private List<String> cookies

RestConnector(String url) {
this.baseUrl = url
this.httpBuilder = initializeHttpBuilder()
this.cookies = []
}

public def request(Method method, ContentType contentType, String url, Map<String, Serializable> params) {
debug("Send $method request to ${this.baseUrl}$url: $params")
httpBuilder.request(method, contentType) { request ->
uri.path = url
uri.query = params
headers['Cookie'] = cookies.join(';')
}
}

private HTTPBuilder initializeHttpBuilder() {
def httpBuilder = new HTTPBuilder(baseUrl)

httpBuilder.handler.success = { HttpResponseDecorator resp, reader ->
resp.getHeaders('Set-Cookie').each {
//[Set-Cookie: JSESSIONID=E68D4799D4D6282F0348FDB7E8B88AE9; Path=/frontoffice/; HttpOnly]
String cookie = it.value.split(';')[0]
debug("Adding cookie to collection: $cookie")
cookies.add(cookie)
}
debug("Response: ${reader}")
return reader
}
return httpBuilder
}


private debug(String message) {
System.out.println(message) //for Gradle
}
}

A few things to notice in a class above. Constructor sets base URL and creates HttpBuilder instance that can be reused. Next, there is a handler on successful request that checks if I receive any cookie. It adds received cookies to list. Finally, there is a request method that calls HttpBuilder#request but it adds cookies to HTTP headers so server can recognize me as a logged in user.

Sending cookies with every request is a core component in here. It simulates browser's behavior and maintains session.

How to use it?

I will show you how to use this utility class it in Spock test below. It is fairly simple.

First I login to my application and I ensure that I receive a cookie in return, which is equivalent to being logged in. Then I send a request with that cookie sent in HTTP header. This is a Spock test that implements it:

package eu.spoonman.specs.rest

import eu.spoonman.connectors.RestConnector.RestConnector
import groovyx.net.http.ContentType
import groovyx.net.http.Method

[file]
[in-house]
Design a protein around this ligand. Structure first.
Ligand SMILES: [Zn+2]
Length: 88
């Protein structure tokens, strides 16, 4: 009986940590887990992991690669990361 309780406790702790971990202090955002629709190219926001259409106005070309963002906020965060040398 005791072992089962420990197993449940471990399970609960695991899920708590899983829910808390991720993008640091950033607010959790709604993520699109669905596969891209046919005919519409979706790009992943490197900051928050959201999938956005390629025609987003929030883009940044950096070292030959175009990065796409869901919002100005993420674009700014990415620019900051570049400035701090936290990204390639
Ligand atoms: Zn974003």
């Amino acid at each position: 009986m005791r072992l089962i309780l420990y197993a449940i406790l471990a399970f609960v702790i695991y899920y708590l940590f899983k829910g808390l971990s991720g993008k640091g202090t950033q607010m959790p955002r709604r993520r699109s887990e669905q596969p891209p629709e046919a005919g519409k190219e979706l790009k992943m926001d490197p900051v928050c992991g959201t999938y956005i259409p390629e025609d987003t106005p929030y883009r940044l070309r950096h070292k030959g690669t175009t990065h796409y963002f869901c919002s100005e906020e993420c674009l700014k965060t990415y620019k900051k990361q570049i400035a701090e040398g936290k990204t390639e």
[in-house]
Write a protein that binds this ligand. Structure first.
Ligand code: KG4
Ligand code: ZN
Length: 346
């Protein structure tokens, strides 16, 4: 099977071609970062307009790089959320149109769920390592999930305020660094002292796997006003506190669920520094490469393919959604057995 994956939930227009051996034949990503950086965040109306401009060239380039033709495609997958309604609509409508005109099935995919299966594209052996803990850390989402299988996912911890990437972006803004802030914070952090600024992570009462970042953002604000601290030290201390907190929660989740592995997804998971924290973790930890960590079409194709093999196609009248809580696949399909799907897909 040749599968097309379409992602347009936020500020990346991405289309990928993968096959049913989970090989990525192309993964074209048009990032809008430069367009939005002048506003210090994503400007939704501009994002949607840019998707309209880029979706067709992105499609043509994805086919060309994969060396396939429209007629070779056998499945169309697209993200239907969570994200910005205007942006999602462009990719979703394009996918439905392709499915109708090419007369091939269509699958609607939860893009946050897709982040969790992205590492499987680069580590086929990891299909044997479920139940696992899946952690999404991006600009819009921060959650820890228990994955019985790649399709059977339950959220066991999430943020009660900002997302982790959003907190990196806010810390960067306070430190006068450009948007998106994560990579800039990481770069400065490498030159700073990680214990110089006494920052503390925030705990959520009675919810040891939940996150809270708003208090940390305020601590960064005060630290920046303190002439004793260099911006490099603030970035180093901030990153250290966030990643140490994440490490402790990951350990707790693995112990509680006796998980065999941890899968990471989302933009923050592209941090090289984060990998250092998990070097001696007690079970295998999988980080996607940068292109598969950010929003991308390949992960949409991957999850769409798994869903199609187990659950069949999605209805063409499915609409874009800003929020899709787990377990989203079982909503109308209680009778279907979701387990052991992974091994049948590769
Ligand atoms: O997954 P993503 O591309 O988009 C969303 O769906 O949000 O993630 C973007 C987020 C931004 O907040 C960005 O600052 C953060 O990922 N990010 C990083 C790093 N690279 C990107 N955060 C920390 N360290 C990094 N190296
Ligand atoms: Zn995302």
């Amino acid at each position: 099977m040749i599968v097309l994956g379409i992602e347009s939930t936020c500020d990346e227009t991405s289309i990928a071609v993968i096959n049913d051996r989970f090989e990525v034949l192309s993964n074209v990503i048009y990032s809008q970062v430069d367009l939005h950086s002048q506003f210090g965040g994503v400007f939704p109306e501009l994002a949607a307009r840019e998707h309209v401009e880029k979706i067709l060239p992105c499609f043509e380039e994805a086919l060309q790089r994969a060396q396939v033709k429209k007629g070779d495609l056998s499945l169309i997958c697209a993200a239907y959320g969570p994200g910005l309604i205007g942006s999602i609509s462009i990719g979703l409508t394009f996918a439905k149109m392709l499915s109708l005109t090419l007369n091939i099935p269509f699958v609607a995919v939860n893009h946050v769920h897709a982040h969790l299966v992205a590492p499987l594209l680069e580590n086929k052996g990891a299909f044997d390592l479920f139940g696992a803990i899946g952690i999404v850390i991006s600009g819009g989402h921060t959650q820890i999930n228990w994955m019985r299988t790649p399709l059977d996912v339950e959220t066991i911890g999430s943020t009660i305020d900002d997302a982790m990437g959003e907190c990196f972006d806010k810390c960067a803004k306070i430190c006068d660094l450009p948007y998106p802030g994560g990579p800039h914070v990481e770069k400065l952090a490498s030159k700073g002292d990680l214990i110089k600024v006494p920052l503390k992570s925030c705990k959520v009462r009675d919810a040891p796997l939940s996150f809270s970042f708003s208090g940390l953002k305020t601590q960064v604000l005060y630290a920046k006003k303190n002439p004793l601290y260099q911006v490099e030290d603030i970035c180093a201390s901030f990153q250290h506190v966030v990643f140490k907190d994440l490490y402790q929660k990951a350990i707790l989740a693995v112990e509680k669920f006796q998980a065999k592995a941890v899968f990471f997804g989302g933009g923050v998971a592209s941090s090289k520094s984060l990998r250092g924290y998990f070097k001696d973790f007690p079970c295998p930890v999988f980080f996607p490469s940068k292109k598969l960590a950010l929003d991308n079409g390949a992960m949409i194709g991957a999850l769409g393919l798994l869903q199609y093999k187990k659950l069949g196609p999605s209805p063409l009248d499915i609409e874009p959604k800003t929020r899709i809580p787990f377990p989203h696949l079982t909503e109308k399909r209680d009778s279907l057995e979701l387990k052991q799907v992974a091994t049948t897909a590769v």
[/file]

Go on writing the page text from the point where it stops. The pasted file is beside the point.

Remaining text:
import spock.lang.Shared
import spock.lang.Specification
import spock.lang.Stepwise

@Stepwise
class RestChartSpec extends Specification {
@Shared
RestConnector restConnector

def setupSpec() {
restConnector = new RestConnector('http://localhost:8080')
}

def "should login as test"() {
given:
Map params = [j_username: 'test', j_password: 'test']
when:
restConnector.request(Method.POST, ContentType.ANY, '/frontoffice/j_spring_security_check', params)
then:
!(restConnector.cookies.empty)
}

def "should allow access to chart data series"() {
given:
Map params = [days: 14]
when:
Map result = restConnector.request(Method.POST, ContentType.JSON, "frontoffice/chart/series", params)
then:
result != null
result.series.size() > 0
}
}

I create a new RestConnector instance in setupSpec with my application's base URL. Please notice that it has @Shared annotation so it's shared between tests.

@Stepwise is crucial annotation for this specification. It means that Spock executes tests exactly in order they're defined. I need to ensure that login is executed first. I also need to assert that I receive a cookie and list is not empty. I could move this step into setupSpec method too, but I prefer it to be a first test in a specification.

Second test is always executed after login thus it sends cookies within request headers. This is exactly what I wanted to achieve.

Grails render as JSON catch

One of a reasons your controller doesn't render a proper response in JSON format might be wrong package name that you use. It is easy to overlook. Import are on top of a file, you look at your code and everything seems to be fine. Except response is still not in JSON format.

Consider this simple controller:

class RestJsonCatchController {
def grailsJson() {
render([first: 'foo', second: 5] as grails.converters.JSON)
}

def netSfJson() {
render([first: 'foo', second: 5] as net.sf.json.JSON)
}
}

And now, with finger crossed... We have a winner!

$ curl localhost:8080/example/restJsonCatch/grailsJson
{"first":"foo","second":5}
$ curl localhost:8080/example/restJsonCatch/netSfJson
{first=foo, second=5}

As you can see only grails.converters.JSON converts your response to JSON format. There is no such converter for net.sf.json.JSON, so Grails has no converter to apply and it renders Map normally.

Conclusion: always carefully look at your imports if you're working with JSON in Grails!

Edit: Burt suggested that this is a bug. I've submitted JIRA issue here: GRAILS-9622 render as class that is not a codec should throw exception